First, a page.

We all know that Google knows a lot about us – where we travel, what time we wake up in the morning and where we last went on holiday.
But, do you know how Google collects this information about you?
Thanks to this handy guide, put together by TheBestVPN, you can find out exactly everything Google knows about you and how it does it.
Why does Google know so much?
Every time you use a Google product, it will be collecting information about you.
That means whenever you search for something using Google Search or use the Google Chrome web browser, the company is collecting this data.
That means apps download from the Chrome Web Store and Google Play Store, all the website addresses you've entered into the address bar, the pages you've bookmarked, and how many Google searches you've made this month.
As well, it's also collecting information through Gmail, That Ads, Google Photos, YouTube, Maps, Calendar and Google Hangouts.
So, what does Google actually know?
What you look like:
Google knows what you look like, thanks to facial recognition in Google photos.
How you sound:
If you’ve ever used voice commands with the Google Home or another Android device, then Google will have a log of how your voice sounds.
The site keeps a full history of your audio commands, including voice recordings.
If you’ve ever used Google Fit, then that means Google has a good overview of your health, such as how often you work out to how many calories you burn.
Even if you don’t use the dedicated fitness app, then depending on your searches, it can build a picture to work out if you’re sick or dealing with a medical issue.
Everywhere you’ve ever been:
Thanks to Google Maps being so useful, Google’s location tracking technology is pretty much following you everywhere.
If you have an Android phone then Google will be recording your location through things like Wi-Fi, GPS and cellular networks. It can tell where your office is, your favourite coffee shop, and the places you’ve travelled on holiday.
Who your friends are:
Last week, it was revealed that third-party developers were reading Gmail messages to improve their services.
If you use Google’s email service, then the corporation can see who you spend most of your time talking to online, and if you schedule a coffee date in your Google calendar, where you’re meeting them too.
What you like and dislike:
Using the vast amounts of search engine data generated, Google can build up a profile or recipes you’re looking at or book titles you’re planning to buy, to see the things you like and dislike.
And don’t forget the company owns YouTube, so it can see the music you listen to and the films you’re planning on watching.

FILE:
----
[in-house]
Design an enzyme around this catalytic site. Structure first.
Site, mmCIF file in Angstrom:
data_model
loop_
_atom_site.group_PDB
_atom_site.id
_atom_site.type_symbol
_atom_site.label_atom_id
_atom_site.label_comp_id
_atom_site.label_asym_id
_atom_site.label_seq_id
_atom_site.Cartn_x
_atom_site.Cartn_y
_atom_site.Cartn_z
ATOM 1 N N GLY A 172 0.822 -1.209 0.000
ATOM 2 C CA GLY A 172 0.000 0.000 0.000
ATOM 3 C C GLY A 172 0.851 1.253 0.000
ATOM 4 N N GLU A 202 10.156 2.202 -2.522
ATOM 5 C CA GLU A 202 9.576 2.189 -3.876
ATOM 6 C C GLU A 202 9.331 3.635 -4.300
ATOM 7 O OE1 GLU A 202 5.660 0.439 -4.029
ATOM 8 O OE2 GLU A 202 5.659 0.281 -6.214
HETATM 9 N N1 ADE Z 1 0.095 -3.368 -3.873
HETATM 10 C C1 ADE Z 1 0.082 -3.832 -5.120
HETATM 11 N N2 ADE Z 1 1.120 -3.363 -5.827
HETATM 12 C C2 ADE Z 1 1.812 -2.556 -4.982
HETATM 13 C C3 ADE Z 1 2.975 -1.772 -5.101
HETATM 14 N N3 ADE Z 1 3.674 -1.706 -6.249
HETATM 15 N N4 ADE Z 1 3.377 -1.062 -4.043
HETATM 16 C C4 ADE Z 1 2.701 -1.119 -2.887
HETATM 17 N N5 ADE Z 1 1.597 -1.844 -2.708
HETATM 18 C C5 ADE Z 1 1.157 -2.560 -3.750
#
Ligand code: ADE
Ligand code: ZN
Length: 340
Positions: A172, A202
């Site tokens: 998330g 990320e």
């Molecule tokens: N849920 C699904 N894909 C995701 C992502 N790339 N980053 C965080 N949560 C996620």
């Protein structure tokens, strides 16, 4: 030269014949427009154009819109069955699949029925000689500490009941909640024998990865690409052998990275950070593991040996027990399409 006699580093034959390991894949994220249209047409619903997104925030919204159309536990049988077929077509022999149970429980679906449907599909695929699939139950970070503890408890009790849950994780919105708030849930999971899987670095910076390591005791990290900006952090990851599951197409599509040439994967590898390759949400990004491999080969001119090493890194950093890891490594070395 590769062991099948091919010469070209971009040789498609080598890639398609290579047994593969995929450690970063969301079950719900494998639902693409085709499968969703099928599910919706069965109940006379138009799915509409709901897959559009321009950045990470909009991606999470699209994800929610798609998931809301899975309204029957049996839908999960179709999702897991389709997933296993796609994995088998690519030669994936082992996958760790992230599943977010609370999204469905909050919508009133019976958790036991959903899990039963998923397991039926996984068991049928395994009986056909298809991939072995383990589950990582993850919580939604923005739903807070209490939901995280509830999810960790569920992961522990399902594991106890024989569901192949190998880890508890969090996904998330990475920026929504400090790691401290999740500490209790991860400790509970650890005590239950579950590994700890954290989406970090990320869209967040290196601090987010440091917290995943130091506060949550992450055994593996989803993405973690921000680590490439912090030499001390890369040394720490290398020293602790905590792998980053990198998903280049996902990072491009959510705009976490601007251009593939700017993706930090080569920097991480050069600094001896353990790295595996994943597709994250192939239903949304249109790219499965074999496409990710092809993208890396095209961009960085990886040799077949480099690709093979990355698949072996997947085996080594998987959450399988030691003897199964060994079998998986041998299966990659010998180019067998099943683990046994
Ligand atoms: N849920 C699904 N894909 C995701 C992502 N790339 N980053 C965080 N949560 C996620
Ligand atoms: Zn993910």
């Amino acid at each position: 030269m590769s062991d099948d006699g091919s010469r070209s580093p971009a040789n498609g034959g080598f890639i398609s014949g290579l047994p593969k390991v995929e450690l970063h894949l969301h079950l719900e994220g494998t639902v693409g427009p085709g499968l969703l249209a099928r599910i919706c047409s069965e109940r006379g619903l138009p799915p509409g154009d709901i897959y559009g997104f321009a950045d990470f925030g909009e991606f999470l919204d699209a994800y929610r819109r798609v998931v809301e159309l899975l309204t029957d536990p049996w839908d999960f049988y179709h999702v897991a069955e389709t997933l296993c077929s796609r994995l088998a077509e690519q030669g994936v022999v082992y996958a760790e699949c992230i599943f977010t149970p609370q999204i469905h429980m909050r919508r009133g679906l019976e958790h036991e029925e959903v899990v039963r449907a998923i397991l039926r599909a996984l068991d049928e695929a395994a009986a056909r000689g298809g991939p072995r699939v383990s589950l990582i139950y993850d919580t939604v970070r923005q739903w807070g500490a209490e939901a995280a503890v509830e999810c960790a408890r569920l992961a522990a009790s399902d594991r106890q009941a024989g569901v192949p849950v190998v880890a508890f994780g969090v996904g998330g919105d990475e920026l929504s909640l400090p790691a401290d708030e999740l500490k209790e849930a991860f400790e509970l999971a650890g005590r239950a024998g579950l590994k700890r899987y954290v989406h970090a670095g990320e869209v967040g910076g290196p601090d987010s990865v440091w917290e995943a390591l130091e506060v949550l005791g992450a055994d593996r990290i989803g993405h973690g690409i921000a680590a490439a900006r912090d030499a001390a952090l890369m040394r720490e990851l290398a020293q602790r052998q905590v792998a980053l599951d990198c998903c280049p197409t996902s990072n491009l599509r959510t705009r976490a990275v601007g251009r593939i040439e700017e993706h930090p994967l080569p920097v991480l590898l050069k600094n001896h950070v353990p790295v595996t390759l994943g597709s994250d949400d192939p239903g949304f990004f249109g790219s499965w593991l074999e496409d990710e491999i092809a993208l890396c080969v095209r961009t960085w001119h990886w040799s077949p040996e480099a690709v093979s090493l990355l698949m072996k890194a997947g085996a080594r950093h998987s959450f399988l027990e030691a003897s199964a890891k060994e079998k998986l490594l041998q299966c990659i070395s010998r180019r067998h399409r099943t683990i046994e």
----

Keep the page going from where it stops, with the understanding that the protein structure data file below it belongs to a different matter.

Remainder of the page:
Google uses all this information to create a profile of the things you’re interested in so you can be served ads based on these interests.
What you will do in the future:
Planning on booking a trip in the future? Google can use data from their applications and search engines to make predictions about what you will be doing in the future, such as restaurants you’re planning to eat at or countries you want to visit.
This is all incorporated into your profile so you receive better online ads.
Is this is something I need to be afraid of?
Looking at all the data Google knows about you can seem a bit terrifying. But, the company has made it easier to adjust your privacy controls if you’re concerned about how its using your information.
If it’s location reporting you’re concerned with, you can turn off tracking in Google Maps. If you don’t want Google to see the different websites you’re visiting, then you can use the browser’s incognito mode.
Simply visit Google’s privacy site to find out how.
Aside from this, in the post-Cambridge Analytica era when people are becoming aware of how tech companies are using our data, it’s bringing this concept for data literacy to the fore.
Data literacy is having the ability to read, work with, analyse and question data.
Jordan Morrow, global head of data literacy at Qlik told the Standard that this is important for two reasons. One, it’s good for companies if their employees can read and analyse data but also it’s good from a personal perspective so you can understand how companies like Google use your data and what privacy steps need to be taking.
“We have all this data being created and organisations want to use it but they’re realising that there is a skills gap amongst their employees,” said Morrow.
According to a recent survey by Qlik, 90 per cent of European graduates find themselves hampered by data literacy. That’s why companies and universities including Kingston and Bournemouth, are using Qlik’s data literacy programmes across the world to give their employees and students the vital data skills they need.
The big question, however, is if we all become data literate, will this end the data scandals we have seen this year?
“If you had a totally literate society, I think it would make these scandals few and far between because people would be alert to what is happening to them. If you’re data literate you know what’s happening to your data when you click yes to cookies, for example,” explained Morrow.
“There will always be people trying to manipulate and use data for bad purposes but at least arming people to understand and ask the right questions means they have the ability to stop things like Cambridge Analytica from succeeding.”